Posts tagged “portable”.

Play with an Android-based G1 with simulator

March 5th, 2009

Android G1 simulator

Sometimes it’s fun to see how the other guys do it. In this case, T-Mobile is offering a G1 simulator running Google’s Android operating system.

It’s really an Adobe Flash-based simulator, but it gives you a good feel for how the G1’s music player (above), contacts, and apps behave. Most of all, it’s neat to see how another touch-screen phone other than the iPhone operates.

Hopefully, Palm will do something similar when they release the Palm Pre.

Newton…in your pocket?

August 21st, 2008

Yikes. Newton in your pocket?

Maybe I don’t remember ’90s jean styles all that well – I was only 12 or 13 at the time – but somehow this ad seems improbable.

What do you think? Can your Newton fit in your back pocket?

[Image courtesy of The Mothership.]

Nokia N800 versus Newton MessagePad

June 25th, 2008

Nokia\'s N800 internet tablet

If you’re looking to…gulp…replace your Newton, Nokia’s N800 may just be the portable PC you’re looking for.

This according to a review/comparison over here that gets pretty in-depth into the features of the N800, a modern internet tablet that runs about $200.

The modern Linux interface of the N800, however, is not without its drawbacks:

I like the N800. That’s why I bought it. But as great as the N800 is, and as much of an advance it represents technologically over my 10-year-old MessagePad, I am surprised at how much more sophisticated the MessagePad is than the N800 in terms of user experience.

The handwriting recognition, printing and faxing, and battery life (themes we’ve all heard before) are superior on the MessagePad 2100, according to the author.

Check out the full review for another great fight between a modern tablet and our good friend, the Newton.

March 7, 1997: Apple introduces the eMate

March 7th, 2008

The Newton eMate 300

On this day eleven years ago, Apple released the Newton eMate to try and reach the education market.

Applefritter has a nice rundown of the eMate’s abilities, but I’ll tell you: they’re so cheap on eBay now I’ve thought about getting one.

I like them because, in a way, they’re the harbingers to the original clamshell iBook G3 – my favorite Apple portable of all time.

Unlike the handwriting-based MessagePads, the eMate is keyboard-friendly. It sports an ARM 710a 25MHz RISC processor (view more technical details here) and hosts a word processing program, a drawing program, spreadsheet, address book, calendar and graphing calendar.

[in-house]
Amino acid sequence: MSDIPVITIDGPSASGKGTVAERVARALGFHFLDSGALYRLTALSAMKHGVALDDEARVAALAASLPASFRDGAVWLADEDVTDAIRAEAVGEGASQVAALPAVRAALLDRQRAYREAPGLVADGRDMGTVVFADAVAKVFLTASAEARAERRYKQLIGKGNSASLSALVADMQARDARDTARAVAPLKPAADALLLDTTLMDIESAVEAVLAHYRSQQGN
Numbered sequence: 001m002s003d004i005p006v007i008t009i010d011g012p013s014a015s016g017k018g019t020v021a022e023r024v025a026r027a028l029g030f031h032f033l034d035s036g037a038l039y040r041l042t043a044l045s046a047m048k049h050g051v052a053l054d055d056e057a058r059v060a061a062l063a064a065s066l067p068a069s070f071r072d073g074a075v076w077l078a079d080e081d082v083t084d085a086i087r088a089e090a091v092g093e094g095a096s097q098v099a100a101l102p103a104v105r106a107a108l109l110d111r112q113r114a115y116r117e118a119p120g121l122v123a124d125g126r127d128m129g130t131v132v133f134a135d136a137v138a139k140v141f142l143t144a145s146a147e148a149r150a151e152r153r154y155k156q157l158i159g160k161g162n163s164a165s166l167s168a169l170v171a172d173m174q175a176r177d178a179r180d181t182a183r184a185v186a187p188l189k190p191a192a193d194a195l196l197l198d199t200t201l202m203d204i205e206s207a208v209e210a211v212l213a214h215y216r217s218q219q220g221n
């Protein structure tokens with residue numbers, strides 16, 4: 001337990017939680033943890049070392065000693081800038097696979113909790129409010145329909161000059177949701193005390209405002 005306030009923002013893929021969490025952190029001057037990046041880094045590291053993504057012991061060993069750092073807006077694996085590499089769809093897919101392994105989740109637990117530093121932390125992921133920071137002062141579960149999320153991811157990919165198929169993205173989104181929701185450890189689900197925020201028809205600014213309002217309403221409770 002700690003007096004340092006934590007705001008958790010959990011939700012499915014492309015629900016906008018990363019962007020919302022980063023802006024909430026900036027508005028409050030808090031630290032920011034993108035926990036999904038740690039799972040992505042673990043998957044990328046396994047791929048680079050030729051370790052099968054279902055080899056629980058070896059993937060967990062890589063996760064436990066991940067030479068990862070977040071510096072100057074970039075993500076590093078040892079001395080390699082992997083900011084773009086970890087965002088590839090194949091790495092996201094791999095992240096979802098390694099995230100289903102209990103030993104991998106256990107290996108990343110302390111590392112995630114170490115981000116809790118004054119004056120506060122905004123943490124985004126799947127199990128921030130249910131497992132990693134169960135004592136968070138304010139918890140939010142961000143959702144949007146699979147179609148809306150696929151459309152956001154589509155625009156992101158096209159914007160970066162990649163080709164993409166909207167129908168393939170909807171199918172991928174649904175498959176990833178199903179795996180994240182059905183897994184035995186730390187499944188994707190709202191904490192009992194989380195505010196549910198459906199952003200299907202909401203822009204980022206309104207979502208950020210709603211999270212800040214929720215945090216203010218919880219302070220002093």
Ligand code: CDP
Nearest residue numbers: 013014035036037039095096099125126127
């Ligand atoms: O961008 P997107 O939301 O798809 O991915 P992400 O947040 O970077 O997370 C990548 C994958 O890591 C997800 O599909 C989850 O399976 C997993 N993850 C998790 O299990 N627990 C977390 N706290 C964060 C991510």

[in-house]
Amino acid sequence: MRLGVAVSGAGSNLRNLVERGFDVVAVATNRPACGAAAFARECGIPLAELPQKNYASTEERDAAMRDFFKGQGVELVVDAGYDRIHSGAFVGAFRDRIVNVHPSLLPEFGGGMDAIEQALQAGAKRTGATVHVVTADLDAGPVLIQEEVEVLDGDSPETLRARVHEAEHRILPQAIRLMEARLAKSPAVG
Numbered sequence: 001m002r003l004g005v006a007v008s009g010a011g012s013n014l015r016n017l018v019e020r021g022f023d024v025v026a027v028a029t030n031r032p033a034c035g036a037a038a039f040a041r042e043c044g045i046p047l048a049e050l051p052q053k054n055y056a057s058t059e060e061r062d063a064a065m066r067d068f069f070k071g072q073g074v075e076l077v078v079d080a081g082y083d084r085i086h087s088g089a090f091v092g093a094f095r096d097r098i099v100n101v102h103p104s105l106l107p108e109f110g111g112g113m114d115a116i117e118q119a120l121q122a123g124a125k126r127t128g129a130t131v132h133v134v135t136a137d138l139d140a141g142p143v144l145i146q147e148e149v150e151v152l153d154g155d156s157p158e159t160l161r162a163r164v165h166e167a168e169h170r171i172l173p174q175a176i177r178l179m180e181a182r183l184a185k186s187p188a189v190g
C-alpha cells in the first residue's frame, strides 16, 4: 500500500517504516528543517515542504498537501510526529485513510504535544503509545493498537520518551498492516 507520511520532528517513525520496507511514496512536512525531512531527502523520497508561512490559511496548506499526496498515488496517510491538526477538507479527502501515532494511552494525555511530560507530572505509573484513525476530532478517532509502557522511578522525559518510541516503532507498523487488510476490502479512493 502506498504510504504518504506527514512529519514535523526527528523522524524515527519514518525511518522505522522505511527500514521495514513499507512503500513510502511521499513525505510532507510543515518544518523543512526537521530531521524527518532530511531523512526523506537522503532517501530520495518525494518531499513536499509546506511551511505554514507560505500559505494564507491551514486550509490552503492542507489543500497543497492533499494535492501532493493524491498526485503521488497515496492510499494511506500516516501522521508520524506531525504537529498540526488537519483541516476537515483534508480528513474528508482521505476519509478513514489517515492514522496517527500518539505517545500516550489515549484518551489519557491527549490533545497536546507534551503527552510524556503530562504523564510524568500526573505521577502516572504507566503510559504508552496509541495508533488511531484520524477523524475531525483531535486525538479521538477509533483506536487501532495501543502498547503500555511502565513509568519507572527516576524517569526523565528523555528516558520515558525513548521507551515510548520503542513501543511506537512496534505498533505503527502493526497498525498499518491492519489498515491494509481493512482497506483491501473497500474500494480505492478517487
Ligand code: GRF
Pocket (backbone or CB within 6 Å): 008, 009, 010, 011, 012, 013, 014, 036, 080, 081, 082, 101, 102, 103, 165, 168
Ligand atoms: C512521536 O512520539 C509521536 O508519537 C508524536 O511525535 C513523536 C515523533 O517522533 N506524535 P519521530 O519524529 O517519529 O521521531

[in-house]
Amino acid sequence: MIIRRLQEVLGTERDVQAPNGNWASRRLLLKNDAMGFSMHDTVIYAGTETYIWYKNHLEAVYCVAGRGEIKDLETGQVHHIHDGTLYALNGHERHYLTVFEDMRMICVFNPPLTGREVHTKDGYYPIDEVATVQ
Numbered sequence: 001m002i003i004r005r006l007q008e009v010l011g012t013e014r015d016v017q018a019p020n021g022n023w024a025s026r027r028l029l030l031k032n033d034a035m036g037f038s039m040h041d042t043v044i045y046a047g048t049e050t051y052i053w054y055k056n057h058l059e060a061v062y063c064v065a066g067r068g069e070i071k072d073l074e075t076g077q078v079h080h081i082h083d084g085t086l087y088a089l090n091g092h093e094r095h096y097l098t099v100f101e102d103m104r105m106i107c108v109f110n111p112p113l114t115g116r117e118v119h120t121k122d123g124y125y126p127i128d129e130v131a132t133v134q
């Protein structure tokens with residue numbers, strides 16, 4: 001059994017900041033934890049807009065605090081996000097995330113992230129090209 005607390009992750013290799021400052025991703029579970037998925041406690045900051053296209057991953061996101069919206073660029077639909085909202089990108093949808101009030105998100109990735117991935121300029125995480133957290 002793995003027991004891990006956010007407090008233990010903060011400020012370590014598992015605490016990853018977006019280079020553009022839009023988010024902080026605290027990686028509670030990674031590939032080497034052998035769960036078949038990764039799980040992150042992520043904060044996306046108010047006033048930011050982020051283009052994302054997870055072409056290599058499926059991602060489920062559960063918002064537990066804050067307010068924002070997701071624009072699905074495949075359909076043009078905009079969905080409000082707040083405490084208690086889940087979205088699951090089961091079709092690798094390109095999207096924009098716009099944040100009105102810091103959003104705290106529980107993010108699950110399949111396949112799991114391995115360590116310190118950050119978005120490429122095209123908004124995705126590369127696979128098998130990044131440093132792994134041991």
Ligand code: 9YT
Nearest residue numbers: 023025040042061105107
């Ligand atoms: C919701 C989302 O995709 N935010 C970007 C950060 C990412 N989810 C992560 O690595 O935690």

Newton wanna-be, via

November 19th, 2007

Turns out the playa-hatas over at Amazon have launched an e-book reader, named “Kindle.”

Only $399 (the price of an iPhone), high-res (“just like real paper!”), no syncing required, cheaper prices for books ($9.99), no service plans to worry about – the thing seems like a mixed blessing.

The no-syncing part is really interesting, since you don’t need to be at home with your computer to buy a book – kind of like what Apple is doing with the iPod Touch. That’s cool. So is the fact that you don’t have to carry around a shit-ton of books to read them – just this…thing.

So, again, the Newton delivers first. PDAs, portable computers, and now eBooks.

Fake Steve Jobs has an interesting take:

I know what you’re thinking. Wouldn’t it be just kick-ass super duper if, say, Apple came along and finally delivered the ultimate product in this category? Because you just know if we did it the thing would look gorgeous and have a beautiful feature set and would just kick everyone’s ass.

And there’s already a comparison with the iPhone.

But seriously, lots of luck Amazon. You don’t have a beautiful machine, but any way to promote reading is a good thing.

Who needs an iPhone?

November 8th, 2007

There’s no telling what people will use a Newton for.

For instance, while checking Low End Mac yesterday, I discovered someone had found a way to make a MessagePad…

…a phone.

Over at the Unofficial Apple Weblog, a guy name Marcus turned a MessagePad 210 – with a little help from a SIM card – into a workable phone.

More opportunities – like, say, scribbling poetry into a Newton to see what comes spilling out – abound, which we’ll discover later.

But still. Need a weekend project that costs about $50?

Lots of luck.